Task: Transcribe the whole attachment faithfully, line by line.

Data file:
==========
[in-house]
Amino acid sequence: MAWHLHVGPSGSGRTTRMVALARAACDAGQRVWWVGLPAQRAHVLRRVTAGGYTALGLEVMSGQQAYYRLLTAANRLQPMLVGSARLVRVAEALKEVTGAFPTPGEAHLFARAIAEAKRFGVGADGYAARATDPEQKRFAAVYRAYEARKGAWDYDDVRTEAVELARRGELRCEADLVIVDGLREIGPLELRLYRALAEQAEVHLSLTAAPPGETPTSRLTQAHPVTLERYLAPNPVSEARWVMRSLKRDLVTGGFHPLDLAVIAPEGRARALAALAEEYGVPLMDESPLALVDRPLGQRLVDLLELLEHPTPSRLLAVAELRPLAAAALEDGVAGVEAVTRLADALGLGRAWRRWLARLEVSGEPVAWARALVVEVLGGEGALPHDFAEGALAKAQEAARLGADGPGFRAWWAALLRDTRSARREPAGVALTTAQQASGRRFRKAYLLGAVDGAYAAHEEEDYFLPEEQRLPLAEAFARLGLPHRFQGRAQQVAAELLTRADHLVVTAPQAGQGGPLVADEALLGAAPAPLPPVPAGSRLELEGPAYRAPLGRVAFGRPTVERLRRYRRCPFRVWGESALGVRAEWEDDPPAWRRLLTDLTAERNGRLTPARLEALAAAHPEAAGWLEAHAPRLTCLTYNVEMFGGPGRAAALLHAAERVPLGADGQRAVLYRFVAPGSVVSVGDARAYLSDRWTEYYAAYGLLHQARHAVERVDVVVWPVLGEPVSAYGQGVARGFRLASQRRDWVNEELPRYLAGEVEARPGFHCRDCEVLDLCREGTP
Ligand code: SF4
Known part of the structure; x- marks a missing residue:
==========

[in-house]
Amino acid sequence: MAWHLHVGPSGSGRTTRMVALARAACDAGQRVWWVGLPAQRAHVLRRVTAGGYTALGLEVMSGQQAYYRLLTAANRLQPMLVGSARLVRVAEALKEVTGAFPTPGEAHLFARAIAEAKRFGVGADGYAARATDPEQKRFAAVYRAYEARKGAWDYDDVRTEAVELARRGELRCEADLVIVDGLREIGPLELRLYRALAEQAEVHLSLTAAPPGETPTSRLTQAHPVTLERYLAPNPVSEARWVMRSLKRDLVTGGFHPLDLAVIAPEGRARALAALAEEYGVPLMDESPLALVDRPLGQRLVDLLELLEHPTPSRLLAVAELRPLAAAALEDGVAGVEAVTRLADALGLGRAWRRWLARLEVSGEPVAWARALVVEVLGGEGALPHDFAEGALAKAQEAARLGADGPGFRAWWAALLRDTRSARREPAGVALTTAQQASGRRFRKAYLLGAVDGAYAAHEEEDYFLPEEQRLPLAEAFARLGLPHRFQGRAQQVAAELLTRADHLVVTAPQAGQGGPLVADEALLGAAPAPLPPVPAGSRLELEGPAYRAPLGRVAFGRPTVERLRRYRRCPFRVWGESALGVRAEWEDDPPAWRRLLTDLTAERNGRLTPARLEALAAAHPEAAGWLEAHAPRLTCLTYNVEMFGGPGRAAALLHAAERVPLGADGQRAVLYRFVAPGSVVSVGDARAYLSDRWTEYYAAYGLLHQARHAVERVDVVVWPVLGEPVSAYGQGVARGFRLASQRRDWVNEELPRYLAGEVEARPGFHCRDCEVLDLCREGTP
Ligand code: SF4
Known part of the structure; x- marks a missing residue: